(v) to be presumed innocent until proved guilty according to law; and
(vi) to be tried without undue delay;
(G) the right to be free from torture and other forms of cruel or unusual punishment;
(H) protection of internationally recognized worker rights;
(I) freedom from incarceration as punishment for political opposition to the government;
(J) freedom from incarceration as punishment for exercising or advocating human rights (including those described in this
(K) freedom from arbitrary arrest, detention, or exile;
(L) the right to fair and public hearings by an independent tribunal for the determination of a citizen's rights and obligations; and
(M) free choice of employment.
(6) Lists of persons believed to be imprisoned, detained, or placed under house arrest, tortured, or otherwise persecuted by the
Government of Viet Nam due to their pursuit of the rights described in paragraph (5). In compiling such lists, the Secretary shall
exercise appropriate discretion, including concerns regarding the safety and security of, and benefit to, the persons who may be
included on the lists and their families. In addition, the Secretary shall include a list of such persons and their families who may
qualify for protection under United States refugee programs.
(7) A description of the development of the rule of law in Viet Nam, including, but not limited to--
(A) progress toward the development of institutions of democratic governance;
(B) processes by which statutes, regulations, rules, and other legal acts of the Government of Viet Nam are developed and
become binding within Viet Nam;
(C) the extent to which statutes, regulations, rules, administrative and judicial decisions, and other legal acts of the Government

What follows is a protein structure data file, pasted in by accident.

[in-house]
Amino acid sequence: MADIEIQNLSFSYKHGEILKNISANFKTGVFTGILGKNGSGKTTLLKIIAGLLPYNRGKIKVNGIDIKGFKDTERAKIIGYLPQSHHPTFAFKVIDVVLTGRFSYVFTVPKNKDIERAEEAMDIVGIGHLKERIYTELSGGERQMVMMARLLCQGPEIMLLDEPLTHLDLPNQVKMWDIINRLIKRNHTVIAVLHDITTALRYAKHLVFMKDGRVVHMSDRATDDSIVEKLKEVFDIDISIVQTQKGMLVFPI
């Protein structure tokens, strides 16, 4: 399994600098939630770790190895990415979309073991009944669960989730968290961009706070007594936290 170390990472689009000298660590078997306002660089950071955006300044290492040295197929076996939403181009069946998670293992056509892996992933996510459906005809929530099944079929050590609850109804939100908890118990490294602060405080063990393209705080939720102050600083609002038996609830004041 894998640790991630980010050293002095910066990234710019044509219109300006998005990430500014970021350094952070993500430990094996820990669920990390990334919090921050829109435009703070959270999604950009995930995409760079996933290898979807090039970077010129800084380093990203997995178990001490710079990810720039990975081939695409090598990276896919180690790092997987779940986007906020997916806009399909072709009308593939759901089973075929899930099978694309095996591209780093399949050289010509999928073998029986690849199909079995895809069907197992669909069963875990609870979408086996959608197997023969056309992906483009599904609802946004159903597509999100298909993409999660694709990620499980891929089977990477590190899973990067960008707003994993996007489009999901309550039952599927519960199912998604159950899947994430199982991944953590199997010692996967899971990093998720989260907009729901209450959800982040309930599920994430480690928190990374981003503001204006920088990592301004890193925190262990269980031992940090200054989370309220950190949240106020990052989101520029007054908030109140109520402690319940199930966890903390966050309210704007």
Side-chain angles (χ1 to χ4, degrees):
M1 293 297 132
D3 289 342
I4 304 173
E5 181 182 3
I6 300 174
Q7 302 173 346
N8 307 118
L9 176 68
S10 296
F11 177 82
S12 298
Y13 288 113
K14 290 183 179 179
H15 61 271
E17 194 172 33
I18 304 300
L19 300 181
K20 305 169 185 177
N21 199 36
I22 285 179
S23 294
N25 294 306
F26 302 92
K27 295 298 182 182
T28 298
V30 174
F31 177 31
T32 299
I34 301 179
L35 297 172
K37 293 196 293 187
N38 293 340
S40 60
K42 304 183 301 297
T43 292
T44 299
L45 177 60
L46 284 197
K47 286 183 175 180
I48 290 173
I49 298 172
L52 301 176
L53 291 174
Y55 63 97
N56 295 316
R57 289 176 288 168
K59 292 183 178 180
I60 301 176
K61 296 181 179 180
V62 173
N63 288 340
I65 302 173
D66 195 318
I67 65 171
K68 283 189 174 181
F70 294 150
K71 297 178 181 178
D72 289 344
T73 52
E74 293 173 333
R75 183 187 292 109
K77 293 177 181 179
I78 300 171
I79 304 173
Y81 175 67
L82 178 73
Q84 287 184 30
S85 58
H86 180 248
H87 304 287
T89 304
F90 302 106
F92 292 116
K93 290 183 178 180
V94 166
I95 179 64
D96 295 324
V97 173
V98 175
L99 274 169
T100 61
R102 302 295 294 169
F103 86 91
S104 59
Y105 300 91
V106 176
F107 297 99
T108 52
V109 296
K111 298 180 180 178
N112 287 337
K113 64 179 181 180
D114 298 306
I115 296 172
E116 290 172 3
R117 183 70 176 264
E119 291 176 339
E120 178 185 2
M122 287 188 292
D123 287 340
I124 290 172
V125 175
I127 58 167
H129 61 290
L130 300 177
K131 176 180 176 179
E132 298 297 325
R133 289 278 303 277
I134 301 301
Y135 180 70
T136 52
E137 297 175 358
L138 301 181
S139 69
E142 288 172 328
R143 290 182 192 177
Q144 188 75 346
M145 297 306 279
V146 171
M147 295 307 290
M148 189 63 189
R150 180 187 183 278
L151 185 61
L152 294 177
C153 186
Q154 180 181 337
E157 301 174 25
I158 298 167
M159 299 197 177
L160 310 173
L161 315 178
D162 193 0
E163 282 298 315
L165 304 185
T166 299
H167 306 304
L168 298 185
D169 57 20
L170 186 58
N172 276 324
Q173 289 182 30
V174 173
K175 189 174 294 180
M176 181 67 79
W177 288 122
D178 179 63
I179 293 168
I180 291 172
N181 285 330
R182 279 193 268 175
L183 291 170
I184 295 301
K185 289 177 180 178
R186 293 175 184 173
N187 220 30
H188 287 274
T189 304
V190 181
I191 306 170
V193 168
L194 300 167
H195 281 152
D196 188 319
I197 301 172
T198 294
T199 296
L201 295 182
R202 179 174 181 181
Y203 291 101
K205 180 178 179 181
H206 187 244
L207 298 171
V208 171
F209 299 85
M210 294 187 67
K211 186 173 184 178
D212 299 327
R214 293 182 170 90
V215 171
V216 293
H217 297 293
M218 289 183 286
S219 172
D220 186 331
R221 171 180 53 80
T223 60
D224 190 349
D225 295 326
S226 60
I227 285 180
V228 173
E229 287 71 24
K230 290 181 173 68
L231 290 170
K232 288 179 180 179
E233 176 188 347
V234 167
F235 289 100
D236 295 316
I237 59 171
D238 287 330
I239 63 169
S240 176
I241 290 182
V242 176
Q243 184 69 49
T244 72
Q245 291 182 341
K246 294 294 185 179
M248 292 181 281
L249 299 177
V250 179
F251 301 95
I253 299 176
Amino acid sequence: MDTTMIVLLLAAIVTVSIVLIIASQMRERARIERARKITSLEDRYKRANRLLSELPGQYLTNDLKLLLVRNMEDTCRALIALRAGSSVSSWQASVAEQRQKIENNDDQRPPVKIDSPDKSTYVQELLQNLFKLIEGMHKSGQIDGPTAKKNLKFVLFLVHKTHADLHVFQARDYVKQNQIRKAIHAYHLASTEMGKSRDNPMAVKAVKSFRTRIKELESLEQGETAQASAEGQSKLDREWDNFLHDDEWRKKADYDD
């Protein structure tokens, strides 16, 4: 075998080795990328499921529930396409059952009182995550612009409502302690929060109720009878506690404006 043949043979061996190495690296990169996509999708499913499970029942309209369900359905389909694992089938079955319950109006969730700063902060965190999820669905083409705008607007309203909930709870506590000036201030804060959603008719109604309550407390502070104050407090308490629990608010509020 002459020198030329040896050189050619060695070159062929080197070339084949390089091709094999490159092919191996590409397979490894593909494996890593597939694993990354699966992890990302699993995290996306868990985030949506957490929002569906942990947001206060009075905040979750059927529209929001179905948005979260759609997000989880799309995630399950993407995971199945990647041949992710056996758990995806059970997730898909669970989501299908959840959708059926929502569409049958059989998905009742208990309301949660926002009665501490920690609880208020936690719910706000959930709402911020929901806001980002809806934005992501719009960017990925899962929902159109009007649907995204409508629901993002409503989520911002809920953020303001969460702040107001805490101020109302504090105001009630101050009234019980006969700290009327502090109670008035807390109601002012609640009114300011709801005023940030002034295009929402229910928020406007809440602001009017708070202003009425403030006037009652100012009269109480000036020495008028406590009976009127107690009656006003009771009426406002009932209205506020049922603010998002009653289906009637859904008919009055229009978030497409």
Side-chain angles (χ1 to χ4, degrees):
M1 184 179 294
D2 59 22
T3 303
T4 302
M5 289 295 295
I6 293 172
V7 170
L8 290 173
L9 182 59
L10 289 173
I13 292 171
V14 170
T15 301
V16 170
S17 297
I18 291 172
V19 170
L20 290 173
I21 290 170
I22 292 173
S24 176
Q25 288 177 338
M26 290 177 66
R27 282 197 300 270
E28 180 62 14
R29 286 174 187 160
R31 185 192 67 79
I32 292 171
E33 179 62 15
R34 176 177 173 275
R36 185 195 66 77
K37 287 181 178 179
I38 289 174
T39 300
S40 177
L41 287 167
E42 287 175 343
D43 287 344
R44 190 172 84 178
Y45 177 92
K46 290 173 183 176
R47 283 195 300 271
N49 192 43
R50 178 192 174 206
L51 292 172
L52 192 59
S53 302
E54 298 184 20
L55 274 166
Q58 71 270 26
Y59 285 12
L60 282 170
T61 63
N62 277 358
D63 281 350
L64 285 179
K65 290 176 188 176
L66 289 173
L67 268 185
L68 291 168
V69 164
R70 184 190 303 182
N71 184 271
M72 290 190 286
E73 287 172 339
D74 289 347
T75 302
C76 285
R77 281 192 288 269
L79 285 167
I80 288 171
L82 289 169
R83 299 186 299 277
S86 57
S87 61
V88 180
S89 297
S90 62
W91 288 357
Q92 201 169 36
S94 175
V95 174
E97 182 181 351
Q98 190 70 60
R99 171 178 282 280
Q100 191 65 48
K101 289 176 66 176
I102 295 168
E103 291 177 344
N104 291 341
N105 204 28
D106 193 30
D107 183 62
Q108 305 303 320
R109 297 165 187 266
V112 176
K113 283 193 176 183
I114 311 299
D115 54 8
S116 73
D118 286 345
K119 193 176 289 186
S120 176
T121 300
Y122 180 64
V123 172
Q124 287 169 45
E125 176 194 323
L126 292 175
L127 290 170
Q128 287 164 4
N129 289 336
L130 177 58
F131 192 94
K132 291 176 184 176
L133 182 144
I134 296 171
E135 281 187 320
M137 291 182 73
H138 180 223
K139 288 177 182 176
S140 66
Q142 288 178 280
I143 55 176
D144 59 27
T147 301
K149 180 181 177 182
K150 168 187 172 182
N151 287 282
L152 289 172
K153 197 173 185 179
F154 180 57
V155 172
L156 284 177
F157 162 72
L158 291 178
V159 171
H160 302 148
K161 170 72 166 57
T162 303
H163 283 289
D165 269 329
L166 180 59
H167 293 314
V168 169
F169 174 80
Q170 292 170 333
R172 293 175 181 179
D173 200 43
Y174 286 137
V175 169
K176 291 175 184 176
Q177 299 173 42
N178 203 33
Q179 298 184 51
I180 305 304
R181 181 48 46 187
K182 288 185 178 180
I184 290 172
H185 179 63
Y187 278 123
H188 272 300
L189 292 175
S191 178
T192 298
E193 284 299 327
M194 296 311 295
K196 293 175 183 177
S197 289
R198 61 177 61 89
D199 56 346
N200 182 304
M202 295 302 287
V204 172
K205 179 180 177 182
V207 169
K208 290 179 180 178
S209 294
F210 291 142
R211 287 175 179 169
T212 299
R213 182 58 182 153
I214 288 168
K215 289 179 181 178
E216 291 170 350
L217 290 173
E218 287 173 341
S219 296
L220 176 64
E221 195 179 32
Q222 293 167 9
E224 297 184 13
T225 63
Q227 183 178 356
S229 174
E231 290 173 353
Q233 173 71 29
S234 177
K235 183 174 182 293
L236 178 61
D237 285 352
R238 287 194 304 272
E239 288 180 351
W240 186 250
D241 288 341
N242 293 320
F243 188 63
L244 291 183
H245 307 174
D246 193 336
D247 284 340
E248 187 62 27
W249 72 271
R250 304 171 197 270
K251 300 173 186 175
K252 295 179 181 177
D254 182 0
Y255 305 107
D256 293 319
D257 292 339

of Viet Nam are published and are made accessible to the public;
(D) the extent to which administrative and judicial decisions are supported by statements of reasons that are based upon written
statutes, regulations, rules and other legal acts of the Government of Viet Nam;
(E) the extent to which individuals are treated equally under the laws of Viet Nam without regard to citizenship, race, religion,
political opinion, or current or former associations;
(F) the extent to which administrative and judicial decisions are independent of political pressure or governmental interference
and are reviewed by entities of appellate jurisdiction; and
(G) the extent to which laws in Viet Nam are written and administered in ways that are consistent with international human
rights standards, including the requirements of the International Covenant on Civil and Political Rights.
(8) A description of projects funded by multilateral organizations operating in Viet Nam, including projects funded by the World
Bank, International Monetary Fund, Asian Development Bank, United Nations, and Global Fund.
(b) CONTACTS WITH OTHER ORGANIZATIONS- In preparing the report under subsection (a), the Secretary shall, as
appropriate, seek out and maintain contacts with nongovernmental organizations and human rights advocates (including
Vietnamese-Americans, human rights advocates in Viet Nam), including receiving reports and updates from such organizations
and evaluating such reports. The Secretary shall also seek to consult with the United States Commission on Religious Freedom
for appropriate sections of the report.